Inside the Bizarre World of 'Murderabilia'

Still, he acknowledges that his profits can be considered blood money. "Honestly," he says, "I don't see any other way to look at it."

Kahan blames the dealers, not the killers, for the growing trade in murderabilia.

"It's the dealers, people on the outside, living in a free society that essentially use the serial killers, simply to make a profit," says Kahan. "I find that even more repulsive in itself."

An Unwilling Cult Figure

Berkowitz, the serial killer who terrified New Yorkers during the summer of 1977, has become an unwilling cult figure in the world of memorabilia.

He says he now wishes he hadn't written letters to so many people during his early years in prison, because they are now being sold on the Internet for up to $200 a piece.

"I was, you know, fearful, angry, confused, lonely, and just coming into Attica State Prison," he says. "I probably wrote to just about anybody … not knowing that years down the road they would have other motives to sell."

Also for sale are manufactured items, such as a stained-glass tribute to Son of Sam, and a Son of Sam clock. There are even photos of Berkowitz and his father being offered for sale by a former pen pal of the prisoner.

Berkowitz, now 48, says: "The sale of these things really grieves my heart … "I'm terribly ashamed for the things that I had done in the past. I know what a nightmare it is to see these things marketed."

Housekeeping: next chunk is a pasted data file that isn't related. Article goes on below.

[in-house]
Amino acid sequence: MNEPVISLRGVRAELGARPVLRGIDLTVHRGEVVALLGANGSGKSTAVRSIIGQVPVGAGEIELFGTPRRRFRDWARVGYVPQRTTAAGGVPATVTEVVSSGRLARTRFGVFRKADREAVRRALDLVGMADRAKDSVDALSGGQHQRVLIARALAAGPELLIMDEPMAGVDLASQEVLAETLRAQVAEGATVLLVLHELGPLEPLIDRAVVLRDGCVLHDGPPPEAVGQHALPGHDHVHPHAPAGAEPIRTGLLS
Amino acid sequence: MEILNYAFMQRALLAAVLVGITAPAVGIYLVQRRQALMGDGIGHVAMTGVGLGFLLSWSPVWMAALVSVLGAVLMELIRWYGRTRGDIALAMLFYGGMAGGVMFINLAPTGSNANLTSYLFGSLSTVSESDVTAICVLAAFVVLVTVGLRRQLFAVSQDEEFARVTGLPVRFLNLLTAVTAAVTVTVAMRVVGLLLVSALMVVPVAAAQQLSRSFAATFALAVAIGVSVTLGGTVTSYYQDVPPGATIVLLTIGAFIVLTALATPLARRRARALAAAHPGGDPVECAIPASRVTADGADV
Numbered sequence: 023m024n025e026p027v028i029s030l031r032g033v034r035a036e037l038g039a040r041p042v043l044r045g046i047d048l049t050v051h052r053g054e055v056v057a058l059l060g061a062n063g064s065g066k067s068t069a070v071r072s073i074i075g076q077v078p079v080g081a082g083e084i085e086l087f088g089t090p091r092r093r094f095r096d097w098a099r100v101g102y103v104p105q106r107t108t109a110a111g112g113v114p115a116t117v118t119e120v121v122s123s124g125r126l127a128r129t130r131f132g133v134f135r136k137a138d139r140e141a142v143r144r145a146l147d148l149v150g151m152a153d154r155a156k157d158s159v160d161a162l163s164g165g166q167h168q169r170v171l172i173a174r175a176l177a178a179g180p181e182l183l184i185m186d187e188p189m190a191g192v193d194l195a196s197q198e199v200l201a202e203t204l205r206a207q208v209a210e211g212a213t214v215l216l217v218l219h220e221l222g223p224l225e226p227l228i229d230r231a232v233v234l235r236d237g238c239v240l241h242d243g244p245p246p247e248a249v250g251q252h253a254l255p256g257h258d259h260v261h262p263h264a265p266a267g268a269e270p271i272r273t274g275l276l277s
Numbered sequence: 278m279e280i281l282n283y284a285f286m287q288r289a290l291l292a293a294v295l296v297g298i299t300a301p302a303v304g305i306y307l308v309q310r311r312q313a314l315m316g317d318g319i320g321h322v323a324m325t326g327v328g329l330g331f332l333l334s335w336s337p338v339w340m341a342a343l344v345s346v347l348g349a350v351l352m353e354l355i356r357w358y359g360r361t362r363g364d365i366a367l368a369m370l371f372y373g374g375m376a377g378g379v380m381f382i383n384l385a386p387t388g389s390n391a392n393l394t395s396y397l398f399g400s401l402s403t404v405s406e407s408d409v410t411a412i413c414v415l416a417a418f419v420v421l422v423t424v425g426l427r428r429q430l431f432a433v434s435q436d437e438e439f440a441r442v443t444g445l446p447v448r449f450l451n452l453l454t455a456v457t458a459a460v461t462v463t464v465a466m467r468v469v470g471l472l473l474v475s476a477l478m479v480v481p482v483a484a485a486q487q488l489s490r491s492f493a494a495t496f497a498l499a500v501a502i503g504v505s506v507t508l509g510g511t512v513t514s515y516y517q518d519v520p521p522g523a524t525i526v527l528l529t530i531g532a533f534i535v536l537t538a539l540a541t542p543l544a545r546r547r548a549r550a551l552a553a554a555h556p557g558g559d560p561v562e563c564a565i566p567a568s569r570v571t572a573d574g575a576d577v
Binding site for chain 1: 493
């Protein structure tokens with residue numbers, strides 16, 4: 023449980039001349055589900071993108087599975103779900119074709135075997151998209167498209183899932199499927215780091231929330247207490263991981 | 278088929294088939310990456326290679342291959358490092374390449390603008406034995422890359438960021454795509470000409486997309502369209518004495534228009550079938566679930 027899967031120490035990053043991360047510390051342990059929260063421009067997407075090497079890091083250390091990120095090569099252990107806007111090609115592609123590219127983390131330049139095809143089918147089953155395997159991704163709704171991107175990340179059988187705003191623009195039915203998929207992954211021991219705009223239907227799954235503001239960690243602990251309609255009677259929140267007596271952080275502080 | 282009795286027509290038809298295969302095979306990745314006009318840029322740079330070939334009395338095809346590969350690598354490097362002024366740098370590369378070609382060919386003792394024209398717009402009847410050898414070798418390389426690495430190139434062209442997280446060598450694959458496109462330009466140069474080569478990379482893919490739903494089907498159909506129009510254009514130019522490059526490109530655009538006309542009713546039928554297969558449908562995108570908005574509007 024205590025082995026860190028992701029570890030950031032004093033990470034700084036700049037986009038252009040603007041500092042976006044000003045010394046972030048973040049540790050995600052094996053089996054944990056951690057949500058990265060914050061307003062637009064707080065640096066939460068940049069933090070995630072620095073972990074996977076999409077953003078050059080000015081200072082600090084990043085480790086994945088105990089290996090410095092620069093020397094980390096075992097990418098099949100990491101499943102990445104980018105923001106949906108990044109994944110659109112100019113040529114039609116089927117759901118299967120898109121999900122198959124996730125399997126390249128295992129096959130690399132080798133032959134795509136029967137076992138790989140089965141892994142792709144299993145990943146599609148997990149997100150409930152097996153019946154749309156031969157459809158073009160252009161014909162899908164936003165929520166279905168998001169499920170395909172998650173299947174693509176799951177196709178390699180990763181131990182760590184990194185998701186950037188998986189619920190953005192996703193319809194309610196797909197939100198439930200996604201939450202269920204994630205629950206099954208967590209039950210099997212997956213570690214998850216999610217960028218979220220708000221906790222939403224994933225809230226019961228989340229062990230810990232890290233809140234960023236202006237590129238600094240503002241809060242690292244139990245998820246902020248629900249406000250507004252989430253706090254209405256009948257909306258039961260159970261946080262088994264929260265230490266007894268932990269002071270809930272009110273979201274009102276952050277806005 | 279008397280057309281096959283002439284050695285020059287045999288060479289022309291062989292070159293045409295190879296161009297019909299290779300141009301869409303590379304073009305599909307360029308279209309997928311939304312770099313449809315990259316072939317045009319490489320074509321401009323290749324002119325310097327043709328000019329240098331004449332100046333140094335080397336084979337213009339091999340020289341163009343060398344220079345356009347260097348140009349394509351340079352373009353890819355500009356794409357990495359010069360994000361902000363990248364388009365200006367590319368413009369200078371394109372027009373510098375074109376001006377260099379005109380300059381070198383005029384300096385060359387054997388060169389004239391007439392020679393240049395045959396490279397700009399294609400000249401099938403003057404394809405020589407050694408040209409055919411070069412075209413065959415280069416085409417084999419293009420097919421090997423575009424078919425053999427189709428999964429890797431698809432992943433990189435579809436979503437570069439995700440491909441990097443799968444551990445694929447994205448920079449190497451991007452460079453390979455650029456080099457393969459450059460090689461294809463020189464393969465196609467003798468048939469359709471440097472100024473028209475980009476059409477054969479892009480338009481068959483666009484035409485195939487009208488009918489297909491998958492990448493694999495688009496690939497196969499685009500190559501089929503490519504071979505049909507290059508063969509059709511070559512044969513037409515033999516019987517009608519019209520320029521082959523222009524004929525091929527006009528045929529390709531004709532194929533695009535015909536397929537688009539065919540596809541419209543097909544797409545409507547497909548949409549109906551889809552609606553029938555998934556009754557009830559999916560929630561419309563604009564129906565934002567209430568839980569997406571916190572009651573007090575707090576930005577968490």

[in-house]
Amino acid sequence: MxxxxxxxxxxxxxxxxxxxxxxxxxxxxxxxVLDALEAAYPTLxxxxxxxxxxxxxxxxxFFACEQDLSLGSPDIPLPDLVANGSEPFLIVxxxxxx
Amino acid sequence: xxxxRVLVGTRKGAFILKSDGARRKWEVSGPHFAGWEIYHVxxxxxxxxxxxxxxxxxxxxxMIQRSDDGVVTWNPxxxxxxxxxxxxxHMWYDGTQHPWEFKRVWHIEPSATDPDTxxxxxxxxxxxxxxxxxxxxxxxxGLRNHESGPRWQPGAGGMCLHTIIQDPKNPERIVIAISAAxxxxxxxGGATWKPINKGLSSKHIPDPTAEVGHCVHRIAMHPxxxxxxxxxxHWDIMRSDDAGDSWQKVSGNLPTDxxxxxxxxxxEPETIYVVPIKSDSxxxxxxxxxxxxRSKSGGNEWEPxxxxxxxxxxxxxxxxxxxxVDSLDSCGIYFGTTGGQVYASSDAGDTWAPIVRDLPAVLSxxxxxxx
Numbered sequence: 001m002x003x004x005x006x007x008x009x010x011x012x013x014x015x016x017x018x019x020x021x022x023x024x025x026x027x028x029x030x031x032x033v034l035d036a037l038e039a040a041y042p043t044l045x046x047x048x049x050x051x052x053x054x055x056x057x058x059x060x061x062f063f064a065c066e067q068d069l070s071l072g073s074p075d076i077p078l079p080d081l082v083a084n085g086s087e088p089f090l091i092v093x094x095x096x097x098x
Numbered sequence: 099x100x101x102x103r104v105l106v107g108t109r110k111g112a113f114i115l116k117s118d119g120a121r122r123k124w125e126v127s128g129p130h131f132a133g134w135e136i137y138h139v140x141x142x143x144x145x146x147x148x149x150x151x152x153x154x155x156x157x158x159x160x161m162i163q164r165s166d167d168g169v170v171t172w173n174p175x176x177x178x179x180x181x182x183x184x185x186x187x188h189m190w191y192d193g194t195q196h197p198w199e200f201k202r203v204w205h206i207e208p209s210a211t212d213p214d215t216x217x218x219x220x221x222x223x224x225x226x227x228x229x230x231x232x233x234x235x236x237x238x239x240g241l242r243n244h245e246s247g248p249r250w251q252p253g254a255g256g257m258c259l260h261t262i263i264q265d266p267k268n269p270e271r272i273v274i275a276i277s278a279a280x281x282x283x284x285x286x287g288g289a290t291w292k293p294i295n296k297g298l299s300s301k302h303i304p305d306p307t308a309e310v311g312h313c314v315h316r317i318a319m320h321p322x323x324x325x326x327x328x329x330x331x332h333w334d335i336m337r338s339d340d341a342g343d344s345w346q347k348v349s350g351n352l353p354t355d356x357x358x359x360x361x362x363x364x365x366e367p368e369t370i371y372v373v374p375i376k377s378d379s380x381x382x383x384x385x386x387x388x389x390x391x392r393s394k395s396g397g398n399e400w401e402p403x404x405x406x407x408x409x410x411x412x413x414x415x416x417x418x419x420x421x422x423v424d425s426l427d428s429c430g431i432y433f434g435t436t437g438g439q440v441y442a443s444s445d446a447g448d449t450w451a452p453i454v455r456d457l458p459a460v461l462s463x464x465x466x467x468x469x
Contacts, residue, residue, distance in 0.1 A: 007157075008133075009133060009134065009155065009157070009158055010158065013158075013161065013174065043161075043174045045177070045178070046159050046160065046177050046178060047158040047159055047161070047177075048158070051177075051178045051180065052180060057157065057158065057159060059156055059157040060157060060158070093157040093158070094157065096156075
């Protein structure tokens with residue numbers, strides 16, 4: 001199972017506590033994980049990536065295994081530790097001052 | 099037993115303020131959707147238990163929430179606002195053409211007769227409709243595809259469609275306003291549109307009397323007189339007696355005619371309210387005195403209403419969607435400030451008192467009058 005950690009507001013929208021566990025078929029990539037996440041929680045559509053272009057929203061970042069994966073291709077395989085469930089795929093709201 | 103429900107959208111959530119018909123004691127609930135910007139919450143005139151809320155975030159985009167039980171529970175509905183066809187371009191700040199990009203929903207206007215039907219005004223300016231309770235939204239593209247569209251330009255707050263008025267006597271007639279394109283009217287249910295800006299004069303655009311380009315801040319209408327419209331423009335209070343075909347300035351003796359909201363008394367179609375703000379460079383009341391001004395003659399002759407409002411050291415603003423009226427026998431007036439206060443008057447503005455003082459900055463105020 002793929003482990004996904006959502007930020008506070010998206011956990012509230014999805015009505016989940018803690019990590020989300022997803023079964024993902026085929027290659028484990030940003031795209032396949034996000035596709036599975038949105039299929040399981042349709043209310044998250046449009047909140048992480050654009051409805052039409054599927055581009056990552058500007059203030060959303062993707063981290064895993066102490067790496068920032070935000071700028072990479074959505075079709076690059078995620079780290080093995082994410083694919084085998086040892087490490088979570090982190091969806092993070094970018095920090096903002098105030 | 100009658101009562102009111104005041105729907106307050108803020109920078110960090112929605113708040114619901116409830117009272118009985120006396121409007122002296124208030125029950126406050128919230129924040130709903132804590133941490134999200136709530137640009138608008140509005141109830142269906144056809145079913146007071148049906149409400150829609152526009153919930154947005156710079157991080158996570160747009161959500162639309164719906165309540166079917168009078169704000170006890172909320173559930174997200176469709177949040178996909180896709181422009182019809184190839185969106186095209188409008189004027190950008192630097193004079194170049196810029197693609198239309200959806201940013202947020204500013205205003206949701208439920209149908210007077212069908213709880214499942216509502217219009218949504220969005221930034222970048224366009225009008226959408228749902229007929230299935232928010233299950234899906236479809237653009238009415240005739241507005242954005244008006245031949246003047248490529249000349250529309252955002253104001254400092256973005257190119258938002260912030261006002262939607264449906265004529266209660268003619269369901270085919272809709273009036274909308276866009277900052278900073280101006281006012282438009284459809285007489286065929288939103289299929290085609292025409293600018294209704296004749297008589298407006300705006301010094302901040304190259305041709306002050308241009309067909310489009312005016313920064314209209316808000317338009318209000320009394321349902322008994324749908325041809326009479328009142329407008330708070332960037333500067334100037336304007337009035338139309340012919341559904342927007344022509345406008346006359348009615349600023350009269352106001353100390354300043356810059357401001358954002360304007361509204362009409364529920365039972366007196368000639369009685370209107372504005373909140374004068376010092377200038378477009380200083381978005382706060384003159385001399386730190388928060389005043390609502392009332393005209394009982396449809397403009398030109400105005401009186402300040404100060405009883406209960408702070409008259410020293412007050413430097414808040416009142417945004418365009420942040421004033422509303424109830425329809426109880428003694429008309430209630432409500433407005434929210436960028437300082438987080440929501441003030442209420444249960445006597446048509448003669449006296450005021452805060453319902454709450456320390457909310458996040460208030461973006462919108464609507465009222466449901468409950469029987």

Now a self-described born-again Christian, he blames the six murders he committed on what he says was his Satan worship at the time.

"It's a long story, how it all came about, and I wish I could take it all back," he says. "I've never profited from anything that was done. I know many items have been sold, not with my permission or knowledge, but I would hope that one day some of this stuff could come to an end."

Who Buys Murderabilia?

Still, in most states, selling murderabilia is still legal, and other Web sites continue to sell it.

Staton believes that murderabilia appeals to a dark but fundamental part of human nature.

"People think that you know, all kinds of ghouls and creeps crawl out of the woodwork to buy this stuff, and they really don't," he says. "It's pretty much your average Joe Blow, you know, crime enthusiasts, obviously."

Staton knows many people — including his own family — are disgusted by his work. And yet, he says, they are fascinated by it.

"The minute they step into this room, they are glued to everything in here and they are asking questions, and they are genuinely intrigued by it," he says. "So it makes me wonder: Am I the one who is so abnormal, or am I pretty normal?"

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